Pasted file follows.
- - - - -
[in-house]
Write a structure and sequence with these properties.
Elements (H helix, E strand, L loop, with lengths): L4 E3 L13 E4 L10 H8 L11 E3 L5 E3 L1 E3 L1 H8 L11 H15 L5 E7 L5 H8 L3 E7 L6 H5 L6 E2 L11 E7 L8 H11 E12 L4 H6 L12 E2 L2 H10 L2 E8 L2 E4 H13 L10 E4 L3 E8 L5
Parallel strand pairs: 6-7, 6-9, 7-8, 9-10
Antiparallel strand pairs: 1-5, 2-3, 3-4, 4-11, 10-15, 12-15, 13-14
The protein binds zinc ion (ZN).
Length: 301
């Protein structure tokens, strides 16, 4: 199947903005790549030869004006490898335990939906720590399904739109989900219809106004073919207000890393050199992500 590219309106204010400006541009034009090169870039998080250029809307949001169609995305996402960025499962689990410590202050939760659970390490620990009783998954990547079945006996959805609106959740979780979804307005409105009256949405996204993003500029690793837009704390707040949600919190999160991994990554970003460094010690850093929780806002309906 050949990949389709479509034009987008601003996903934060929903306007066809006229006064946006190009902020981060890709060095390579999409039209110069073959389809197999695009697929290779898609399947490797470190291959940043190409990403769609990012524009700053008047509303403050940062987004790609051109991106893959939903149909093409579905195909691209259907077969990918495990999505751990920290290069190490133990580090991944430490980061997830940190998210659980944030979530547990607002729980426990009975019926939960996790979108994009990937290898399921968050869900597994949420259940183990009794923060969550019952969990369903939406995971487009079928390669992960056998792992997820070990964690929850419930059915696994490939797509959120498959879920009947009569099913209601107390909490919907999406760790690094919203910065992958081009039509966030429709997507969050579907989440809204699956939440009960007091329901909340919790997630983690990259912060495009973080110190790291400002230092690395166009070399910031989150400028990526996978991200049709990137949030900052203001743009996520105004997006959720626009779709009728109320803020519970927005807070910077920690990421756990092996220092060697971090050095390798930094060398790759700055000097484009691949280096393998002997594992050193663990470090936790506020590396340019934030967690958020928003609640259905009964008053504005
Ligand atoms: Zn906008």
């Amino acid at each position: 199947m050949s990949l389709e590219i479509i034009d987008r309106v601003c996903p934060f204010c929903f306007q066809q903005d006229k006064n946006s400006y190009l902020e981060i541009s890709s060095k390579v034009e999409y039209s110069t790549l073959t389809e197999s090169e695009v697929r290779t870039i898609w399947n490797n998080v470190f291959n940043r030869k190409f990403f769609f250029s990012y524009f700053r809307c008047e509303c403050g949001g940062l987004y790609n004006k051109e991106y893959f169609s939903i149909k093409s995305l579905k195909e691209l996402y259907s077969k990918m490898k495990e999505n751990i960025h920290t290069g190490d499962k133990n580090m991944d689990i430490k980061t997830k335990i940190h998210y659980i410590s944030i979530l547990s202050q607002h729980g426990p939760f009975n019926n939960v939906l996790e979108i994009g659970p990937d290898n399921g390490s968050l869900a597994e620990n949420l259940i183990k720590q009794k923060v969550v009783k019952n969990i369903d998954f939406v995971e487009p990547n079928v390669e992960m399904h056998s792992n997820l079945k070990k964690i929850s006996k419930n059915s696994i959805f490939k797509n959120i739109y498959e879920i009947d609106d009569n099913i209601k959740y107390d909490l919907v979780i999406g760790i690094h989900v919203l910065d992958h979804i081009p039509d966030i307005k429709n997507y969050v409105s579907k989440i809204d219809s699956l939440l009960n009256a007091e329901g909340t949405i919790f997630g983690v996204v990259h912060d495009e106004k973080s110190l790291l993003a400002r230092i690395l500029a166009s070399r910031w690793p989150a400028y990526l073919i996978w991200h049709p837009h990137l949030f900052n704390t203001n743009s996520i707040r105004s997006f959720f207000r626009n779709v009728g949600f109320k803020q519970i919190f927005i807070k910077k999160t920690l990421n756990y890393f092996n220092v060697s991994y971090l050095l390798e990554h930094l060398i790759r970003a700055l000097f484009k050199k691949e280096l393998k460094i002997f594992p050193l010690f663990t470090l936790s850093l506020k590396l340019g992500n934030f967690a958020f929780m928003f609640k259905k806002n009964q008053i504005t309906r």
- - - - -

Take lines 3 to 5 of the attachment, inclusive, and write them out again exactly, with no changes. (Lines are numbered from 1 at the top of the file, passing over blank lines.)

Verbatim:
Elements (H helix, E strand, L loop, with lengths): L4 E3 L13 E4 L10 H8 L11 E3 L5 E3 L1 E3 L1 H8 L11 H15 L5 E7 L5 H8 L3 E7 L6 H5 L6 E2 L11 E7 L8 H11 E12 L4 H6 L12 E2 L2 H10 L2 E8 L2 E4 H13 L10 E4 L3 E8 L5
Parallel strand pairs: 6-7, 6-9, 7-8, 9-10
Antiparallel strand pairs: 1-5, 2-3, 3-4, 4-11, 10-15, 12-15, 13-14